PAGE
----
Switzerland has some of the most famous bouldering sites around. By some coincidence it also sits on roughly the most direct route to Northern Italy, where we had intentions to go to the bouldering festival Melloblocco. And so the idea for a mini road trip was born out of a weekend away, and we set forth from France with the vaguest outlines of a plan, a few bags of wholegrain pasta and a kilogram sack of madeleines (in case the rumours about prices in Switzerland turned out to be true).
The journey across France was long but relaxed, through green countryside that gradually grew up as we reached the Alps. We stopped in a foggy town by a river, with late night grumps and indecisions. The next morning the fog had cleared along with any teasiness, and we started out early to hit... Switzerland!
We crossed the border high up in the middle of nowhere, and rolled down a strangely dull brown hillside into Switzerland. The landscape quickly morphed into more bright green vegetation, and then we were on the beautiful steel blue lakesides, and past them heading into the mountains. The roads were a total novelty to us. Usually, we tend to drive on the free roads instead of paying tolls for a faster journey, which saves us a fair wack on travel in France. In Switzerland, a not unreasonable 40 CHF buys a highway pass for the year. We'd initially planned to skimp on this, but changed our minds when we found a bonus 50€ at the back of a cupboard.
It was lucky that we made this decision; many of the 'free roads' of Switzerland turn out to feature heavily on lists such as the 'highest', 'most spectacular', 'most dangerous' and 'most hair-pinned' roads in the world. The van and ourselves were much more suited to the motorways, which were still quite high and spectacular in places. Besides, even if we had wanted to test our driving and the van's brakes and fuel consumption on some of the passes, they were all covered in snow and shut anyway.
Despite its diminutive size, Switzerland has a lot of choice bouldering areas. Luckily we had met some lovely Swiss folk in Spain who gave us some great recommendations for the time of year. We settled on Chironico in the Italian-speaking Ticino region which, although potentially a little warm for May, has a good amount and diversity of climbing. For the first days we had an excellent guide in Mias, Tom and Tom. We started out at an area called Nivo Basso as it had some good wet weather bouldering and the looming, pregnant clouds were in agreement with the forecast that we would see rain before the day was out.
This premonition was correct and we were under a huge, slanting sheet of gneiss by early afternoon, straining on 30degree crimps on some great 7 grade problems. The weather inspired a rare trip out that evening to Albergo Pedrini's Ristorante in Faido, where we managed to eat a new and incredibly awesome experience: a sfilatino pizza. The pizza is rolled up, about two foot long, stuffed with gooey goodness and insanely tasty. 8CHF for a bottle of water, however, confirmed our suspicions about Swiss prices.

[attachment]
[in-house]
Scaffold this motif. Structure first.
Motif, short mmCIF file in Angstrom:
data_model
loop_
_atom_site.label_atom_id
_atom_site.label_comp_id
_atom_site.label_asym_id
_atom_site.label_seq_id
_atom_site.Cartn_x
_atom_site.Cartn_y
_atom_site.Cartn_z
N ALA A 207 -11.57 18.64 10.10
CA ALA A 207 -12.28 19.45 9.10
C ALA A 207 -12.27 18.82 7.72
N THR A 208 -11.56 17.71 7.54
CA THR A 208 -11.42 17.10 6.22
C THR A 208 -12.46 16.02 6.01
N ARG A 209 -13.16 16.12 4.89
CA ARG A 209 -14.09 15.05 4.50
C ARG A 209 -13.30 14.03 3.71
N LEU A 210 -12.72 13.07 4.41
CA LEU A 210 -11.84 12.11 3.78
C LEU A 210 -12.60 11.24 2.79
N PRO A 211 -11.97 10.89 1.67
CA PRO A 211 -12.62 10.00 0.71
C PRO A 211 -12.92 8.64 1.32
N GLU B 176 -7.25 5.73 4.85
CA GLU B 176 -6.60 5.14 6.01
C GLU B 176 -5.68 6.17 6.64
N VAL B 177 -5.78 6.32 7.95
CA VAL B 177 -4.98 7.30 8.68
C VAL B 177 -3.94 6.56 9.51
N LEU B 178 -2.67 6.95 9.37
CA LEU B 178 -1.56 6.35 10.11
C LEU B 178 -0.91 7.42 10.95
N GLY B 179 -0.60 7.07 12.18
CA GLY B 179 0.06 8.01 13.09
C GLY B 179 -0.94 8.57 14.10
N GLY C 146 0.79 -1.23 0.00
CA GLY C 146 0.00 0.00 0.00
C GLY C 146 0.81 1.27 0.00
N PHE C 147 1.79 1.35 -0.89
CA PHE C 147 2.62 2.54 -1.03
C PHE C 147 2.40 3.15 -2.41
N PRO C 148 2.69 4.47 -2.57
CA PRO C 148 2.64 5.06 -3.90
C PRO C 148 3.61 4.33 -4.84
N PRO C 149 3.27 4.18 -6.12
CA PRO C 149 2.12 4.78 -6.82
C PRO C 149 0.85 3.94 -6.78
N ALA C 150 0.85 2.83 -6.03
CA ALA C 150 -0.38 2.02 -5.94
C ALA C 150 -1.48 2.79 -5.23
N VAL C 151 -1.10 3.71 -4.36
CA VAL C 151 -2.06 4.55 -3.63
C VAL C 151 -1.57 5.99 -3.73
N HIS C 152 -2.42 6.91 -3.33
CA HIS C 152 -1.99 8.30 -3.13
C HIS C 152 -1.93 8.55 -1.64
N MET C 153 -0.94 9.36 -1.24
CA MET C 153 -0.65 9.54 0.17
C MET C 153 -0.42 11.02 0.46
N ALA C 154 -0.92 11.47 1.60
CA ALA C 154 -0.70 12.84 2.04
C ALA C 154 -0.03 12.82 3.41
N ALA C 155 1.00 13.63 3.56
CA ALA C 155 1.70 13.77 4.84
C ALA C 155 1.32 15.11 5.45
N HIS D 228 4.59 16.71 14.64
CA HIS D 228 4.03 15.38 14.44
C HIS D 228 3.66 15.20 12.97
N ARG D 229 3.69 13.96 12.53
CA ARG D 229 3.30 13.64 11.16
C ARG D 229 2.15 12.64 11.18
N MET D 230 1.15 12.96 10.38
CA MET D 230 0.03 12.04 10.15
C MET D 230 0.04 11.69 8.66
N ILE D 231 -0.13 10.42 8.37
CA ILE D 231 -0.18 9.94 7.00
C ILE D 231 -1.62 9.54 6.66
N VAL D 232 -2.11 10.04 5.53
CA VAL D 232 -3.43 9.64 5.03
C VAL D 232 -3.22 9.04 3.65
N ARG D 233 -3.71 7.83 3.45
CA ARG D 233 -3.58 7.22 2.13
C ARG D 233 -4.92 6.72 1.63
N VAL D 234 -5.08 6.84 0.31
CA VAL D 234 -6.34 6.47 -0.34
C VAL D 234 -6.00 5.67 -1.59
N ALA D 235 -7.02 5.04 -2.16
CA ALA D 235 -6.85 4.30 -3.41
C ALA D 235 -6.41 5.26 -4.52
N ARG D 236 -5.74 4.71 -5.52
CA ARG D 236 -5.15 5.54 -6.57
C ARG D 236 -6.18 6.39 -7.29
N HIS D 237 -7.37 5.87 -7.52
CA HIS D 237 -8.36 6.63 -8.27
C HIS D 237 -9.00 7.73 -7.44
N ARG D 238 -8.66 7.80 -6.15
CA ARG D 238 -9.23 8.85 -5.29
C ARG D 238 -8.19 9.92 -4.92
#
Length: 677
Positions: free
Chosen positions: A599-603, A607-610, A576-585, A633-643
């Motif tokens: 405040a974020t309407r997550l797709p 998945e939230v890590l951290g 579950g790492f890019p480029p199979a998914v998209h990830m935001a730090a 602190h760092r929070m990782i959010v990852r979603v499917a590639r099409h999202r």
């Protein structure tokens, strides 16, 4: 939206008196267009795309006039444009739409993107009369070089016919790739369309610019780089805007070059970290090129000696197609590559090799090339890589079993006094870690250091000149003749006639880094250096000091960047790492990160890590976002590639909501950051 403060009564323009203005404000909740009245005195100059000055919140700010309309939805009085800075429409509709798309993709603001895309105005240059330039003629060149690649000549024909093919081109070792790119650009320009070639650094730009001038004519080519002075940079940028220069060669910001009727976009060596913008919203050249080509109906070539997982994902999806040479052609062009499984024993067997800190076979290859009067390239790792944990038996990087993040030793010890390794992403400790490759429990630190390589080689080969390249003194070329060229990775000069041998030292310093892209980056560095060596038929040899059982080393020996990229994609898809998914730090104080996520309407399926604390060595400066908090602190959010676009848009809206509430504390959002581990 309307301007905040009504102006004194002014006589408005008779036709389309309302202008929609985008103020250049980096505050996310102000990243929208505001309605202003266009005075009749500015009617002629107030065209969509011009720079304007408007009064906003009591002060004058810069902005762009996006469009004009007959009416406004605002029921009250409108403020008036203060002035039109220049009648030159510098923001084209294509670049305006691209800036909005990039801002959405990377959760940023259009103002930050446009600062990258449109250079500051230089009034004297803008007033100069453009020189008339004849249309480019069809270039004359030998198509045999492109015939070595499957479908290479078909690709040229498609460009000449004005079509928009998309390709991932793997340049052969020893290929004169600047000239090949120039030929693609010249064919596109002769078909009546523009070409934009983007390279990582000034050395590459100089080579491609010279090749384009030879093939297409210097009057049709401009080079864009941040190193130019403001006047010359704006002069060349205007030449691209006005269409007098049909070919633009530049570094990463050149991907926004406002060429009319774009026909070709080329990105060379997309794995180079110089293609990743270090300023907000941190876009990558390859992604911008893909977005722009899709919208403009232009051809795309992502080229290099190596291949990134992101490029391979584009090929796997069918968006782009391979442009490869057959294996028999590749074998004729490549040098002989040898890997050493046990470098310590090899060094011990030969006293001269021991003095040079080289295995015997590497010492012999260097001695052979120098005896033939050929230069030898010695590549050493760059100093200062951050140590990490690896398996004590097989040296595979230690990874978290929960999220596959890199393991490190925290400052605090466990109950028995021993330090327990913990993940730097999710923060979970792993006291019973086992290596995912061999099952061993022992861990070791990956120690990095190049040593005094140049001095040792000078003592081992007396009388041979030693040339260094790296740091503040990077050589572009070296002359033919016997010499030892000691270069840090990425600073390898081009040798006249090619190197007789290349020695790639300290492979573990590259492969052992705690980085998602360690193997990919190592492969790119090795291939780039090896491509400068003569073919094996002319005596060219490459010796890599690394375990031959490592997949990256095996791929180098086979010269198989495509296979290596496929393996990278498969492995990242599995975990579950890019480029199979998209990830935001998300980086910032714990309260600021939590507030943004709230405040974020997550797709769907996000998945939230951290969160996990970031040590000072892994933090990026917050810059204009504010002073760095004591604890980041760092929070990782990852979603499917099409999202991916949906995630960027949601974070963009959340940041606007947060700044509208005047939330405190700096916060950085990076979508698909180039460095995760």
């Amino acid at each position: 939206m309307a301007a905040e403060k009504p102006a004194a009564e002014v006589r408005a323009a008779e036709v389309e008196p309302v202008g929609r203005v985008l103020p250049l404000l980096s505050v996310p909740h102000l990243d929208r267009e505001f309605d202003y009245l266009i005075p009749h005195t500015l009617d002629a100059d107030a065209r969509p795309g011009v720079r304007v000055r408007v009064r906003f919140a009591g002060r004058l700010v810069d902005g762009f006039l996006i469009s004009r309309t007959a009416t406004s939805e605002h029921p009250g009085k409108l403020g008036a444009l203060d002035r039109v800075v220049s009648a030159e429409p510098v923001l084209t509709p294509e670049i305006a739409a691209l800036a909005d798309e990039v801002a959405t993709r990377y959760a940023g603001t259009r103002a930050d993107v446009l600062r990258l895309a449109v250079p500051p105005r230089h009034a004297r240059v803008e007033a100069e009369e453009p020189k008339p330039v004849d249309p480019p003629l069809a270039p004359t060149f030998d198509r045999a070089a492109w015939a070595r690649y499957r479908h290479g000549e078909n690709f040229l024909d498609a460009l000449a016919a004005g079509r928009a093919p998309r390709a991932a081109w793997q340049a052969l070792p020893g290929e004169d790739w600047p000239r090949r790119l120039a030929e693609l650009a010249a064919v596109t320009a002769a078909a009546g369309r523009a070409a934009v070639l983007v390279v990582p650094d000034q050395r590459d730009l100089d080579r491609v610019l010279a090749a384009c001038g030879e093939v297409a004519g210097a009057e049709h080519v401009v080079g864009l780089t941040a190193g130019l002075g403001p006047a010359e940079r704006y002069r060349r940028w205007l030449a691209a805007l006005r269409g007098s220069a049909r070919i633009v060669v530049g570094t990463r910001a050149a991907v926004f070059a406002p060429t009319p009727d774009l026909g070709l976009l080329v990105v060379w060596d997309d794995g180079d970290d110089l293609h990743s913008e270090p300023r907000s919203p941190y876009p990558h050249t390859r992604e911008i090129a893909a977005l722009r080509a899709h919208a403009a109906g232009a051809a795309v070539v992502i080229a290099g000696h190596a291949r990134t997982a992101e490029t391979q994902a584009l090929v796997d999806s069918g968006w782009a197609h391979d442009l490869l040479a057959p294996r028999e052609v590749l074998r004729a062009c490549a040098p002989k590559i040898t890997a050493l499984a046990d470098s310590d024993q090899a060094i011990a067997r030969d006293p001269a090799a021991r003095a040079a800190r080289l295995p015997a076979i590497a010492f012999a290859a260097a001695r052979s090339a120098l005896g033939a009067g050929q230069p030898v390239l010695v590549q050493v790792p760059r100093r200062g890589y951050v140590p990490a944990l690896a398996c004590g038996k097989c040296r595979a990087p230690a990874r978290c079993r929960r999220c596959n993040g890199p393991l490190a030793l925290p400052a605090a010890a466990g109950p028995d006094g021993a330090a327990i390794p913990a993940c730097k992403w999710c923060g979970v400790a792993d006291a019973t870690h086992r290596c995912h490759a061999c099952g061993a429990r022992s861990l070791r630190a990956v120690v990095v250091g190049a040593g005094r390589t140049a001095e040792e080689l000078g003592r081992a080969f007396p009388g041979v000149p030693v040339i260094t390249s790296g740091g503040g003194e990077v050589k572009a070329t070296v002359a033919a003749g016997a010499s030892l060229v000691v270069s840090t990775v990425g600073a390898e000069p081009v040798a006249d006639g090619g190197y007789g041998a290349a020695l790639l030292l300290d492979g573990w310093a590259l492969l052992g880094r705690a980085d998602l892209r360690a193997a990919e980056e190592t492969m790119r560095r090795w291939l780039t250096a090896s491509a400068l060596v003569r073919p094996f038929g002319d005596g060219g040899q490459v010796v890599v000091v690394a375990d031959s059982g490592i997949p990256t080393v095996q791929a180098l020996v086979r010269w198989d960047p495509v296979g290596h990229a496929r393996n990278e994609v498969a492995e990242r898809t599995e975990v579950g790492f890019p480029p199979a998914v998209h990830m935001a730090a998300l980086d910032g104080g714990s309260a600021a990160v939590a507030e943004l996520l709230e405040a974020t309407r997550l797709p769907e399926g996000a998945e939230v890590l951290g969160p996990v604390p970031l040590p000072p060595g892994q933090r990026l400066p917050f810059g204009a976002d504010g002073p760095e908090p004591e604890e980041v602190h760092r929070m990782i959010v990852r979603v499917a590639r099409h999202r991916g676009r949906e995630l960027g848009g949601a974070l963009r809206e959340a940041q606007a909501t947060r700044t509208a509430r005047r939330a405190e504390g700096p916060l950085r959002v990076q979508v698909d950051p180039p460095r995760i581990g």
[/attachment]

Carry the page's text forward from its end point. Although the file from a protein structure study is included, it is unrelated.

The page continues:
The following day saw us climbing at Centrale. This area is loaded with beautiful boulders, many with good landings, and a very different style of climbing here than at yesterday's Nivo. We sampled classics such as Selection Door, Serre-Moi Fort, Auto Pilot and Baked Potato; unwisely, our general approach here seemed to be pull on everything, rest very little, then on to the next...and repeat. This, unsurprisingly, evidenced itself in our fingertips and ragged bodies after just a day and a half. Our infantile enthusiasm and general (but not unpleasant) lack of direction put us on a hard course for a rest day. Mias gave us one last top tip: head to Schattental...
Schattental is gorgeous, and has another different feel. Many of the boulders are smoothed by water flow, and holds are softer, kind to worn out skin. There are some great overhanging, powerful problems on the main bloc as you enter the area; the aptly named Powerstrips, dynamic traverse Vasco de Gama and stand alone classic Conquistadors.
All too soon we were heading off to Italy for a quick break to the Melloblocco climbing festival, as the storm clouds were rolling in and the rain washed over our windscreen, and then back to Switzerland to find that summer had arrived. Most of our time was spent by the mountain-fresh river, reunited with Kili and his friends Andi and Franz, lying on the waterwashed boulders in the sun through the day and climbing in the mornings and evenings. We also made some truly epic meals; the everything salad that filled a mixing bowl with veggies, olives, seeds, cheese and smoky fried soy protein, and Kili's long-promised milk rice, with caramelised fruit and nuts, that was every bit as good as it had been built up to be (MASSIVE).
We were gutted when the time came, all too fast, to leave Switzerland and its wonderful climbing, beautiful countryside, and the great people we had spent time with there. And it seemed that Switzerland didn't want us to leave either. The Gotthard Tunnel was closed, and due to the proliferation of mountains with their still-snowy-and-shut mountain passes our diversion took us on a daytour around the entire country, through that other great tunnel, the San Bernardino.
If we hadn't had work to get back for, we'd have probably stayed, too.
Some nice climbs that we climbed...
Arabald, 7b (Sam)
Kiss Me, 7c (Sam)
Selection Door, 7a (Sam, flash)
Serre-moi Fort, 7b+ (Sam)
Doctor Med Dent, 7b/+ (Sam)
Vasco de Gama, 7a (Sam, flash; Amber)
Powerstrips, 7c (Sam)